Reviewers coming to this book, the second volume of Roddy Doyle’s The Last Roundup trilogy without having read the first, must be a frustration for the author.
I had a struggle connecting with Doyle’s character, Henry Smart. The first volume might have endeared him to me and set him in context — it followed his hard hit-man life in his Irish homeland, his troubles with Republican paymasters — but a second volume should cater for newcomers. Pick up any random volume of Anthony Powell’s A Dance to the Music of Time and you care about the characters right away.
It is 1924. Henry has taken flight and gone west to seek a new life and identity. America between the wars, all the deprivation, is rich pickings for an atmospheric writer of Doyle’s calibre and he is truly inside the period, suffering the aggro of New York’s pimps and conmen, hearing the rough dialogue and Louis Arm- strong’s music.
The opening pages are densely descriptive. A shipload of bewildered immigrant families arrive at their destination, terrified and uncertain of their fate; they see the famous skyline, then find themselves docking at Ellis Island and begin gruelling interrogations. Their ability to endure is beautifully captured, but we are concentrating on tough-guy, cocky, on-the-run Henry, who naturally gets by. I should have liked to get more under the skins of some of his shipmates and follow their fortunes, perhaps for a whole book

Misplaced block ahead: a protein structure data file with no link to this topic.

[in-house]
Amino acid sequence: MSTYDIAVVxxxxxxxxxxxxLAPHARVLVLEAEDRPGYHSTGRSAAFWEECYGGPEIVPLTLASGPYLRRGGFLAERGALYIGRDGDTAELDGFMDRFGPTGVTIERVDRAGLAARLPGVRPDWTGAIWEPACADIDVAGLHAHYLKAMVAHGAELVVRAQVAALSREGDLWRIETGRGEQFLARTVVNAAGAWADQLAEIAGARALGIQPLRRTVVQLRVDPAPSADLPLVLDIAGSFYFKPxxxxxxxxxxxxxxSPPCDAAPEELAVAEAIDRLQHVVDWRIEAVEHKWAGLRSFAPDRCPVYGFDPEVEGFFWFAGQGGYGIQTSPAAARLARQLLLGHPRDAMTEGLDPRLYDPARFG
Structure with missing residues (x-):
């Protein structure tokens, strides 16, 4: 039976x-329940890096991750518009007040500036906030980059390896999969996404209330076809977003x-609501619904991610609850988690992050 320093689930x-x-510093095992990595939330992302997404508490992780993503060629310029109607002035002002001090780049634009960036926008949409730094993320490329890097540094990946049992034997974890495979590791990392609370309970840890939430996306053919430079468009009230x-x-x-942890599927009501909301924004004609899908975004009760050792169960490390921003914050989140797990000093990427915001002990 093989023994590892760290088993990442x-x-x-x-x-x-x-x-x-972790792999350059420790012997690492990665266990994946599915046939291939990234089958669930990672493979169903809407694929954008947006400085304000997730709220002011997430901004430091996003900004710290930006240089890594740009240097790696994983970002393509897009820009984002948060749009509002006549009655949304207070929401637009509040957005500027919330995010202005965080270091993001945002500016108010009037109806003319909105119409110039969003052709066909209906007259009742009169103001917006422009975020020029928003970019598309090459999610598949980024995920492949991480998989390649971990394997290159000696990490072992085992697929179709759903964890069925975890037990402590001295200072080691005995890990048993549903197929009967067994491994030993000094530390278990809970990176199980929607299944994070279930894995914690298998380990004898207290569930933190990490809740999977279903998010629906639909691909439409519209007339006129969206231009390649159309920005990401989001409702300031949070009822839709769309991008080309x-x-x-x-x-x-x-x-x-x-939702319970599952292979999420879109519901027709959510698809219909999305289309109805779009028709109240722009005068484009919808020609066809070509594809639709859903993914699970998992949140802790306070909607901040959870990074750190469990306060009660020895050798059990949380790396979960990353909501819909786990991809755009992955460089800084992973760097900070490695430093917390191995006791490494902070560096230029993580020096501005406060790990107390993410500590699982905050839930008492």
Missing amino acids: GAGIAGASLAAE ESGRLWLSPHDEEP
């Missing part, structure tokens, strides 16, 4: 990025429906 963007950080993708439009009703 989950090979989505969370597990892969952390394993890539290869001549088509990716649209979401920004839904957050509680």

Henry gets stuck into New York: he becomes a sandwich-board man, writing his own slogans, he’s into boot-legging and has tangles with the hard men in fedoras — there are plenty around. He wows the women; it’s all a bit exhausting.
A new phase begins when he travels to Chicago and can stop looking over his shoulder. He meets and is befriended by the great Louis Armstrong. He sheds his Irish past. It’s the best bit, ‘music coming out of every open door’, evocative of its time; and Henry’s discovery that he finally feels a true belonging Yank is quite moving.
At last. I wasn’t Irish any more ….There were two trumpets blowing but the spit on my forehead came from only one man’s. I looked at him through the human steam — it was too hot there for sweat — and I knew it.
Henry is at Louis’ feet, hearing the all-time greats for real, eardrums vibrating, seeing the sore lips bleeding: ‘I saw drops fall like notes to his patent leather shoes.’
The Louis dialogue, women talk, black/ white issues, while not without verve, slip the story back into jerkiness, and when Henry’s Irish wife and six-year-old daughter rather improbably arrive on the scene things take a turn for the schmaltzy worse. They cheerily cope with poverty and hardship, they go hoboing, they disappear. Henry, who has lost a leg falling off a train, has a rough old beaten-up time.
If I reach for the first or, in time, third volume of this trilogy it will be in search of more flow and unputdownability. This volume is staccato; the backdrop is great, the story imaginative, a potentially powerful vehicle, but — and I may just be missing a satirical vein and its real point — the heart of the story, the believable core, was hard to find.